Founder And Ceo Of A Software Company
Job Title: CEO Of Small Business
Type of Company: Our company is a premier provider of fee billing and revenue management solutions to the global financial services industry. Our purpose is to automate complex accounting and revenue management tasks within the finance organization of mid-to-large sized investment firms.
Education: BS (with honors), Finance, University of Utah BA, English, University of Utah International Summer School, English Literature, University of Cambridge (England)
Previous Experience: My senior year in college I worked as a bookkeeper/office manager/portfolio tracker for a retired investment banker who started a boutique investment advisory practice. After graduation I started working at a software company that specialized in building enterprise software applications for investment management firms. I worked for a year as an Application Specialist (HelpDesk) and then I worked for two years as a Client Relationship Manager. The company we were working for was neglecting our product line, so the Product Development Manager and I drafted a business plan, found some venture capital and started our own company after buying the intellectual property and client contracts from our employer.
Job Tasks: As co-founder and Chief Executive Officer of our company I oversee strategic business development initiatives for our company. I need to keep in touch with what is happening in our industry and understand how the market would respond to new developments within our company to generate more revenue.
Once we started our business, I took the lead in establishing the company's vision and core values. In any company, it is important that the management team articulate clearly what the company's goals and objectives are. When these have been spelled out every manager and employee should have documented goals that align with those objectives. The core values determine what ideals the firm as a whole will try to navigate by. I would summarize our own core values as "Quality, Clients, Employees and Technology."
Every month or quarter I report to the Board of Directors on our progress and plans. I need to make sure that the money that has been invested into the firm is providing a return to the shareholders.
I also act as the executive-level contact to our clients. If they have any issues or concerns with our software or our service they have the HelpDesk and/or a Client Relationship Manager to work with, but if their needs are more pressing or they have a contractual issue, I am available to discuss them.
Our software is a custom accounting package that allows firms to improve cash flow, save on processing costs and generate reports that allow executives to make informed decisions about their business. When a prospect is interested in licensing our software I work with legal counsel and lead the contract negotiation efforts. Once the contract is signed, then the Professional Services team shows up and performs the implementation of our software and trains the users.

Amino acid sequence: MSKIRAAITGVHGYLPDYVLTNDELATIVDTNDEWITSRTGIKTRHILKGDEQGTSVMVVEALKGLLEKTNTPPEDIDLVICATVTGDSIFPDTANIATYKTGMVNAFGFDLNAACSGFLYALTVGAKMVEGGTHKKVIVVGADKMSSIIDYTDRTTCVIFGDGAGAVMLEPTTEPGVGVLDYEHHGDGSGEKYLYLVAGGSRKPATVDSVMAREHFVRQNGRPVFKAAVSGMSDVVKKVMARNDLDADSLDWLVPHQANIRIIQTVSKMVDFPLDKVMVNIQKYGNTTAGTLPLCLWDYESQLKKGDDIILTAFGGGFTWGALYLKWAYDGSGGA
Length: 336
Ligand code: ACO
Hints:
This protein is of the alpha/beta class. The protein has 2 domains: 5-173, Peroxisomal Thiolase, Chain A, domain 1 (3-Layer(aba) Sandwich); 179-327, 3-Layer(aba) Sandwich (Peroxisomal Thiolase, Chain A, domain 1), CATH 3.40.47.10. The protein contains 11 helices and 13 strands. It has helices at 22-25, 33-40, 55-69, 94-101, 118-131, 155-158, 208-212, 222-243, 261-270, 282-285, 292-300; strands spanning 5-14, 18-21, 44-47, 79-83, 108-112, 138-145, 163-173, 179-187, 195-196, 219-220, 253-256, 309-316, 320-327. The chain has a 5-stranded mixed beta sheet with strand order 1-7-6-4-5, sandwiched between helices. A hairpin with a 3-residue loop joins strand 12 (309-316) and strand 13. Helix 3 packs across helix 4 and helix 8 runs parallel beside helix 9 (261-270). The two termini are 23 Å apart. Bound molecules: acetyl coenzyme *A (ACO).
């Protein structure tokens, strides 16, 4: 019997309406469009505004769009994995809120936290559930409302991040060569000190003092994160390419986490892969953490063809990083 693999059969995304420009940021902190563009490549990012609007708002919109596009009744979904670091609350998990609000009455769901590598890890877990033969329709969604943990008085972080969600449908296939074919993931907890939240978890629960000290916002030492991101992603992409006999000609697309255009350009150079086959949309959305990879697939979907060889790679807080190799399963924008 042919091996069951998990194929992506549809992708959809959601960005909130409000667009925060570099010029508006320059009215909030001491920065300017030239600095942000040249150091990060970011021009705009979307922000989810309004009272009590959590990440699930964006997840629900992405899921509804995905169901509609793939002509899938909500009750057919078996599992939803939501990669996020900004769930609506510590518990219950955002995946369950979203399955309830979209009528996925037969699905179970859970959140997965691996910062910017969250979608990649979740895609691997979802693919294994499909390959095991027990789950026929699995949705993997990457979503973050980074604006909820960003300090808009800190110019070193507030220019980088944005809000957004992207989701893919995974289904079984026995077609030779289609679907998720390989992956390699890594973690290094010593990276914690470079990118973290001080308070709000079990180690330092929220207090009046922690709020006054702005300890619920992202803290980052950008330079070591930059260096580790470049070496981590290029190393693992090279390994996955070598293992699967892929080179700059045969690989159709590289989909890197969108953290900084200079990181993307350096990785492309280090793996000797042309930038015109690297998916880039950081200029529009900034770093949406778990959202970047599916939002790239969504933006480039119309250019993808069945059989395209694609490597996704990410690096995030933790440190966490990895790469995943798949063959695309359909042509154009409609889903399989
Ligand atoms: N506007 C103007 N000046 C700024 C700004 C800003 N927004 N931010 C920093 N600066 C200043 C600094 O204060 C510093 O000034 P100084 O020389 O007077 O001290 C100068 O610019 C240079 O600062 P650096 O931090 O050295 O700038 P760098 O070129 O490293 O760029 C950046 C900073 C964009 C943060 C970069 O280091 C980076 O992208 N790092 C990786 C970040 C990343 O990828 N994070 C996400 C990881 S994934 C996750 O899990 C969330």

Best and Worst Parts of the Job: The best parts of my job include:
1) Working with bright and motivated people to achieve a common goal
2) Getting to know new people and cities around the globe that are interested in working with our firm to license our software
3) Providing an automated solution to complex finance and accounting problems so that those that use the software don't have to work over-time or on weekends to successfully complete their jobs.
4) Working to build an enterprise that I helped establish.
The worst part of the job is too much work with too few people one year or not enough work with too many people, which may result in lay-offs.
1. Get as much public speaking experience as you can; find opportunities to present and sell to other people or groups.
2. Read as many business management books as you have time for. Some of my favorite are "Built to Last," "The E-Myth," and "Good to Great."
3. Build relationships with really smart engineers from MIT.
4. Develop a tough work ethic.
5. Learn how to motivate and lead other people by volunteering or joining extracurricular activities in college.
6. Learn to read and understand the fine print in contracts.
Additional Thoughts: First, make college a top priority. Learning how to balance your time and take initiatives are priceless skills that you are forced to develop in college, if you want to succeed. Second, when you leave college, be prepared for full-time employment by understanding that you will only get two (maybe three) weeks of vacation every year...ouch! Sometimes that can be a painful reality. Third, realize that during your career you will always come across "the grass is greener" syndrome, which means that when times get tough, you may feel like giving up or moving to another department or another company. But realize that if you grit your teeth and put in the extra effort to break through and succeed during the tough times, that is what makes a career.
Learn to talk to everybody and create your own opportunities.
If you have a true entrepreneur's spirit then keep in mind that there will come a time when you have to take a leap of faith into the unknown. Once you do, you have to fight for years to stay afloat...but do all you can to hit your five year mark, after that things can get much better.